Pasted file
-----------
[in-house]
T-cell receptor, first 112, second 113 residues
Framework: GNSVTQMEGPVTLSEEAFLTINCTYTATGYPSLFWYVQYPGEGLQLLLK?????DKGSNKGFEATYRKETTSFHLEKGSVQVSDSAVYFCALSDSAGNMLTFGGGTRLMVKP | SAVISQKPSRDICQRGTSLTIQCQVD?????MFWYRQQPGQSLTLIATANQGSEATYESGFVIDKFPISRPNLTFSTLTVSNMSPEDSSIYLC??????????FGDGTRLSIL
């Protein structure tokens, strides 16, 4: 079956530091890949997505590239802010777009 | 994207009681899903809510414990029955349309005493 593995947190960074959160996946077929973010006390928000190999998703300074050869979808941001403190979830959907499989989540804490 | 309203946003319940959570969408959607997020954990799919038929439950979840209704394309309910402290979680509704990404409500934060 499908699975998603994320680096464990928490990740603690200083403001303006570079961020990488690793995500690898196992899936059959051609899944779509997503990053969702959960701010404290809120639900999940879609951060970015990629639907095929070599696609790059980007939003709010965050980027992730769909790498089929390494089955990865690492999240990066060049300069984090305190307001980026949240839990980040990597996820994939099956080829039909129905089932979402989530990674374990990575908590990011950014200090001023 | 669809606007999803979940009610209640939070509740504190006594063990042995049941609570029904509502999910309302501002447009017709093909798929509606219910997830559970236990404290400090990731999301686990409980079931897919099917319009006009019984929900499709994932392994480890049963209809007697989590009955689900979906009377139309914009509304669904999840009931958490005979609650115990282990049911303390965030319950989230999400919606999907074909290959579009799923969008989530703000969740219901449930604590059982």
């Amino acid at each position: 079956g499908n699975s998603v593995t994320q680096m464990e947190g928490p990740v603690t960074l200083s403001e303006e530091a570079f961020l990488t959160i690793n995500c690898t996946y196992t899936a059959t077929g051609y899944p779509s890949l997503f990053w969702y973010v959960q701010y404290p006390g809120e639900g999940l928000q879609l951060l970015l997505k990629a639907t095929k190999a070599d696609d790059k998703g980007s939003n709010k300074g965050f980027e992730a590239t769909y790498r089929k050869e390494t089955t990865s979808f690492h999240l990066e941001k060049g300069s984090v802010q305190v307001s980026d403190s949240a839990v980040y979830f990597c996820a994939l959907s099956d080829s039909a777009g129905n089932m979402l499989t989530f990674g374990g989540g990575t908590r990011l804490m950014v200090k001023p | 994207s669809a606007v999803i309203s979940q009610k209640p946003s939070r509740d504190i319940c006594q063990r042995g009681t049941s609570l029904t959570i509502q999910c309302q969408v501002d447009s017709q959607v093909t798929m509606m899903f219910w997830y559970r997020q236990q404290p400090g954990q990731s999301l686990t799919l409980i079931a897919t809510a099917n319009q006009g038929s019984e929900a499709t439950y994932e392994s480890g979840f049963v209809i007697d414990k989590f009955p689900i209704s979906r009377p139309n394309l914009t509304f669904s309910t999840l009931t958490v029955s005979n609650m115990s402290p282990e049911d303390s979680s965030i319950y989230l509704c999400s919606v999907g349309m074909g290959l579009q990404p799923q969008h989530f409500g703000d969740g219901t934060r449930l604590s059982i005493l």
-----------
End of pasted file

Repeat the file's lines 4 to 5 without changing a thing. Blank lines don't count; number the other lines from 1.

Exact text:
């Protein structure tokens, strides 16, 4: 079956530091890949997505590239802010777009 | 994207009681899903809510414990029955349309005493 593995947190960074959160996946077929973010006390928000190999998703300074050869979808941001403190979830959907499989989540804490 | 309203946003319940959570969408959607997020954990799919038929439950979840209704394309309910402290979680509704990404409500934060 499908699975998603994320680096464990928490990740603690200083403001303006570079961020990488690793995500690898196992899936059959051609899944779509997503990053969702959960701010404290809120639900999940879609951060970015990629639907095929070599696609790059980007939003709010965050980027992730769909790498089929390494089955990865690492999240990066060049300069984090305190307001980026949240839990980040990597996820994939099956080829039909129905089932979402989530990674374990990575908590990011950014200090001023 | 669809606007999803979940009610209640939070509740504190006594063990042995049941609570029904509502999910309302501002447009017709093909798929509606219910997830559970236990404290400090990731999301686990409980079931897919099917319009006009019984929900499709994932392994480890049963209809007697989590009955689900979906009377139309914009509304669904999840009931958490005979609650115990282990049911303390965030319950989230999400919606999907074909290959579009799923969008989530703000969740219901449930604590059982």
């Amino acid at each position: 079956g499908n699975s998603v593995t994320q680096m464990e947190g928490p990740v603690t960074l200083s403001e303006e530091a570079f961020l990488t959160i690793n995500c690898t996946y196992t899936a059959t077929g051609y899944p779509s890949l997503f990053w969702y973010v959960q701010y404290p006390g809120e639900g999940l928000q879609l951060l970015l997505k990629a639907t095929k190999a070599d696609d790059k998703g980007s939003n709010k300074g965050f980027e992730a590239t769909y790498r089929k050869e390494t089955t990865s979808f690492h999240l990066e941001k060049g300069s984090v802010q305190v307001s980026d403190s949240a839990v980040y979830f990597c996820a994939l959907s099956d080829s039909a777009g129905n089932m979402l499989t989530f990674g374990g989540g990575t908590r990011l804490m950014v200090k001023p | 994207s669809a606007v999803i309203s979940q009610k209640p946003s939070r509740d504190i319940c006594q063990r042995g009681t049941s609570l029904t959570i509502q999910c309302q969408v501002d447009s017709q959607v093909t798929m509606m899903f219910w997830y559970r997020q236990q404290p400090g954990q990731s999301l686990t799919l409980i079931a897919t809510a099917n319009q006009g038929s019984e929900a499709t439950y994932e392994s480890g979840f049963v209809i007697d414990k989590f009955p689900i209704s979906r009377p139309n394309l914009t509304f669904s309910t999840l009931t958490v029955s005979n609650m115990s402290p282990e049911d303390s979680s965030i319950y989230l509704c999400s919606v999907g349309m074909g290959l579009q990404p799923q969008h989530f409500g703000d969740g219901t934060r449930l604590s059982i005493l």